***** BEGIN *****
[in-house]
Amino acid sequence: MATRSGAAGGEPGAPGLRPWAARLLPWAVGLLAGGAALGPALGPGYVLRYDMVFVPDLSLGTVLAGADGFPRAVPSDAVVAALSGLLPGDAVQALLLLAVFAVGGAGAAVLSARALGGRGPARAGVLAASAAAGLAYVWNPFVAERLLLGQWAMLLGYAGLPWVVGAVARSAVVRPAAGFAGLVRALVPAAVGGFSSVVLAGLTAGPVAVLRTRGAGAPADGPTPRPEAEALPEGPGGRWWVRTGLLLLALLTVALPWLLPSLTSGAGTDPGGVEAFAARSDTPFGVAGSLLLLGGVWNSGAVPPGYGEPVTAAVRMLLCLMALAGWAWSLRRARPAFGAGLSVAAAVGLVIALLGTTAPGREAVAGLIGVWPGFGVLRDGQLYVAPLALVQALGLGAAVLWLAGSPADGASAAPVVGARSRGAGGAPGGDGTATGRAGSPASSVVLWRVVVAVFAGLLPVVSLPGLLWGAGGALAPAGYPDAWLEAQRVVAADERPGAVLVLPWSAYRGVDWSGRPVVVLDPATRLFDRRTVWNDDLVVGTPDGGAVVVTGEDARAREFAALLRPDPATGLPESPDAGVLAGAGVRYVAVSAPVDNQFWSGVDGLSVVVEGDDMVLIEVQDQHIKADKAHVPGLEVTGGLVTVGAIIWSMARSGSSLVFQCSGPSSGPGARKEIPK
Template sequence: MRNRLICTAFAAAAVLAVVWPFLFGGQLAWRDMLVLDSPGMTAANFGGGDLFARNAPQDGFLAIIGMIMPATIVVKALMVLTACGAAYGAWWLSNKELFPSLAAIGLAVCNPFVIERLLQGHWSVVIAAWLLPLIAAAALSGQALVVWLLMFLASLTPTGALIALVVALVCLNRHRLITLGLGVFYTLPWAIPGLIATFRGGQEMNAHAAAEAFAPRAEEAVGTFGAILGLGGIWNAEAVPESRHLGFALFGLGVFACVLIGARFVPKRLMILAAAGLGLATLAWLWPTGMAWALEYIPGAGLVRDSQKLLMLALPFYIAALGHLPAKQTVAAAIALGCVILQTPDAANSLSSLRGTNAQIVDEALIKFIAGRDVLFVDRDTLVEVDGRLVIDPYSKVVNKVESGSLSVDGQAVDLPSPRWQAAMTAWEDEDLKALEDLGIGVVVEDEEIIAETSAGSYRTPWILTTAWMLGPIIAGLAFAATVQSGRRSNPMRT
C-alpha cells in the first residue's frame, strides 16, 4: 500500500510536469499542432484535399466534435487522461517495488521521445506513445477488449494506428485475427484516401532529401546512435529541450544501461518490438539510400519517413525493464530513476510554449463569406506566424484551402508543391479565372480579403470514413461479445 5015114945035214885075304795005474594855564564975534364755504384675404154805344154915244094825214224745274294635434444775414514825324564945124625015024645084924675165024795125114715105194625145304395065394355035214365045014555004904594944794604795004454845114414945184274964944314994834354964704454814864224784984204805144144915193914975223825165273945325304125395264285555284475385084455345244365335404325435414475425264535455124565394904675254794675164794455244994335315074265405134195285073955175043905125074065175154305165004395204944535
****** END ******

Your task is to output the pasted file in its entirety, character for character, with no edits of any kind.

[in-house]
Amino acid sequence: MATRSGAAGGEPGAPGLRPWAARLLPWAVGLLAGGAALGPALGPGYVLRYDMVFVPDLSLGTVLAGADGFPRAVPSDAVVAALSGLLPGDAVQALLLLAVFAVGGAGAAVLSARALGGRGPARAGVLAASAAAGLAYVWNPFVAERLLLGQWAMLLGYAGLPWVVGAVARSAVVRPAAGFAGLVRALVPAAVGGFSSVVLAGLTAGPVAVLRTRGAGAPADGPTPRPEAEALPEGPGGRWWVRTGLLLLALLTVALPWLLPSLTSGAGTDPGGVEAFAARSDTPFGVAGSLLLLGGVWNSGAVPPGYGEPVTAAVRMLLCLMALAGWAWSLRRARPAFGAGLSVAAAVGLVIALLGTTAPGREAVAGLIGVWPGFGVLRDGQLYVAPLALVQALGLGAAVLWLAGSPADGASAAPVVGARSRGAGGAPGGDGTATGRAGSPASSVVLWRVVVAVFAGLLPVVSLPGLLWGAGGALAPAGYPDAWLEAQRVVAADERPGAVLVLPWSAYRGVDWSGRPVVVLDPATRLFDRRTVWNDDLVVGTPDGGAVVVTGEDARAREFAALLRPDPATGLPESPDAGVLAGAGVRYVAVSAPVDNQFWSGVDGLSVVVEGDDMVLIEVQDQHIKADKAHVPGLEVTGGLVTVGAIIWSMARSGSSLVFQCSGPSSGPGARKEIPK
Template sequence: MRNRLICTAFAAAAVLAVVWPFLFGGQLAWRDMLVLDSPGMTAANFGGGDLFARNAPQDGFLAIIGMIMPATIVVKALMVLTACGAAYGAWWLSNKELFPSLAAIGLAVCNPFVIERLLQGHWSVVIAAWLLPLIAAAALSGQALVVWLLMFLASLTPTGALIALVVALVCLNRHRLITLGLGVFYTLPWAIPGLIATFRGGQEMNAHAAAEAFAPRAEEAVGTFGAILGLGGIWNAEAVPESRHLGFALFGLGVFACVLIGARFVPKRLMILAAAGLGLATLAWLWPTGMAWALEYIPGAGLVRDSQKLLMLALPFYIAALGHLPAKQTVAAAIALGCVILQTPDAANSLSSLRGTNAQIVDEALIKFIAGRDVLFVDRDTLVEVDGRLVIDPYSKVVNKVESGSLSVDGQAVDLPSPRWQAAMTAWEDEDLKALEDLGIGVVVEDEEIIAETSAGSYRTPWILTTAWMLGPIIAGLAFAATVQSGRRSNPMRT
C-alpha cells in the first residue's frame, strides 16, 4: 500500500510536469499542432484535399466534435487522461517495488521521445506513445477488449494506428485475427484516401532529401546512435529541450544501461518490438539510400519517413525493464530513476510554449463569406506566424484551402508543391479565372480579403470514413461479445 5015114945035214885075304795005474594855564564975534364755504384675404154805344154915244094825214224745274294635434444775414514825324564945124625015024645084924675165024795125114715105194625145304395065394355035214365045014555004904594944794604795004454845114414945184274964944314994834354964704454814864224784984204805144144915193914975223825165273945325304125395264285555284475385084455345244365335404325435414475425264535455124565394904675254794675164794455244994335315074265405134195285073955175043905125074065175154305165004395204944535